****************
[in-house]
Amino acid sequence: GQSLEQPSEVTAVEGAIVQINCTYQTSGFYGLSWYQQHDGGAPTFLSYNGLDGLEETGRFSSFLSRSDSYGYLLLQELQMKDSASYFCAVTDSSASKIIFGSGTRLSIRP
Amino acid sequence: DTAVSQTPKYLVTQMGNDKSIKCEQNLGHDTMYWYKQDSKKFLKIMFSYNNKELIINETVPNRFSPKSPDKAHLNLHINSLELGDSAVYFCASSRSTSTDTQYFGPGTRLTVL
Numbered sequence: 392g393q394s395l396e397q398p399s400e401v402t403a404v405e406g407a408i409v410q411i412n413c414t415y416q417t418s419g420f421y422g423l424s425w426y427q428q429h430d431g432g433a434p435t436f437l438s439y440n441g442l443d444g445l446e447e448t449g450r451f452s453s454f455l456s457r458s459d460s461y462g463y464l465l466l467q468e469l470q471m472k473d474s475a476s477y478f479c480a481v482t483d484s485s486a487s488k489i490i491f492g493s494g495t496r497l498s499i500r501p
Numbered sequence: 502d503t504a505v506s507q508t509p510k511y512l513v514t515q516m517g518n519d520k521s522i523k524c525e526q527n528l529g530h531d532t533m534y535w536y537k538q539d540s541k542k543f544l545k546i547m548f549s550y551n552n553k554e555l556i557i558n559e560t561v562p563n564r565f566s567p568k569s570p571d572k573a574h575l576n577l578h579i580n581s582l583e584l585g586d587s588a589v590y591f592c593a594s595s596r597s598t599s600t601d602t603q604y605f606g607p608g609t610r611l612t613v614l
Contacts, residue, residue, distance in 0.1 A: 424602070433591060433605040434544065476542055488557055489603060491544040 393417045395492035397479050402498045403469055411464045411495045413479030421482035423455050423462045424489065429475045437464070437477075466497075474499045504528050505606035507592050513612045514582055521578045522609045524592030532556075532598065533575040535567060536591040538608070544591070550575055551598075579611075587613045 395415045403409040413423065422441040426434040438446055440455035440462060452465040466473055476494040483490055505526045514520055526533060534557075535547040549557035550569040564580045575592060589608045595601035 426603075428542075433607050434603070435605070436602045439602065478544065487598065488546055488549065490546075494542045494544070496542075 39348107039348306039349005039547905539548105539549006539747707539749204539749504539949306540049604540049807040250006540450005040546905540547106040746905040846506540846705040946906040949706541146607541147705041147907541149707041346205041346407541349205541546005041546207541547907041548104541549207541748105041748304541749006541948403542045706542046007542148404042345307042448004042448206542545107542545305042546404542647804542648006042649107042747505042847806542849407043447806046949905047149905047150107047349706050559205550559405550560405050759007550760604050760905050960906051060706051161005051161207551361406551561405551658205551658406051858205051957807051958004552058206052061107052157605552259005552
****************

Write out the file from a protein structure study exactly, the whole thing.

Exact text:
[in-house]
Amino acid sequence: GQSLEQPSEVTAVEGAIVQINCTYQTSGFYGLSWYQQHDGGAPTFLSYNGLDGLEETGRFSSFLSRSDSYGYLLLQELQMKDSASYFCAVTDSSASKIIFGSGTRLSIRP
Amino acid sequence: DTAVSQTPKYLVTQMGNDKSIKCEQNLGHDTMYWYKQDSKKFLKIMFSYNNKELIINETVPNRFSPKSPDKAHLNLHINSLELGDSAVYFCASSRSTSTDTQYFGPGTRLTVL
Numbered sequence: 392g393q394s395l396e397q398p399s400e401v402t403a404v405e406g407a408i409v410q411i412n413c414t415y416q417t418s419g420f421y422g423l424s425w426y427q428q429h430d431g432g433a434p435t436f437l438s439y440n441g442l443d444g445l446e447e448t449g450r451f452s453s454f455l456s457r458s459d460s461y462g463y464l465l466l467q468e469l470q471m472k473d474s475a476s477y478f479c480a481v482t483d484s485s486a487s488k489i490i491f492g493s494g495t496r497l498s499i500r501p
Numbered sequence: 502d503t504a505v506s507q508t509p510k511y512l513v514t515q516m517g518n519d520k521s522i523k524c525e526q527n528l529g530h531d532t533m534y535w536y537k538q539d540s541k542k543f544l545k546i547m548f549s550y551n552n553k554e555l556i557i558n559e560t561v562p563n564r565f566s567p568k569s570p571d572k573a574h575l576n577l578h579i580n581s582l583e584l585g586d587s588a589v590y591f592c593a594s595s596r597s598t599s600t601d602t603q604y605f606g607p608g609t610r611l612t613v614l
Contacts, residue, residue, distance in 0.1 A: 424602070433591060433605040434544065476542055488557055489603060491544040 393417045395492035397479050402498045403469055411464045411495045413479030421482035423455050423462045424489065429475045437464070437477075466497075474499045504528050505606035507592050513612045514582055521578045522609045524592030532556075532598065533575040535567060536591040538608070544591070550575055551598075579611075587613045 395415045403409040413423065422441040426434040438446055440455035440462060452465040466473055476494040483490055505526045514520055526533060534557075535547040549557035550569040564580045575592060589608045595601035 426603075428542075433607050434603070435605070436602045439602065478544065487598065488546055488549065490546075494542045494544070496542075 39348107039348306039349005039547905539548105539549006539747707539749204539749504539949306540049604540049807040250006540450005040546905540547106040746905040846506540846705040946906040949706541146607541147705041147907541149707041346205041346407541349205541546005041546207541547907041548104541549207541748105041748304541749006541948403542045706542046007542148404042345307042448004042448206542545107542545305042546404542647804542648006042649107042747505042847806542849407043447806046949905047149905047150107047349706050559205550559405550560405050759007550760604050760905050960906051060706051161005051161207551361406551561405551658205551658406051858205051957807051958004552058206052061107052157605552259005552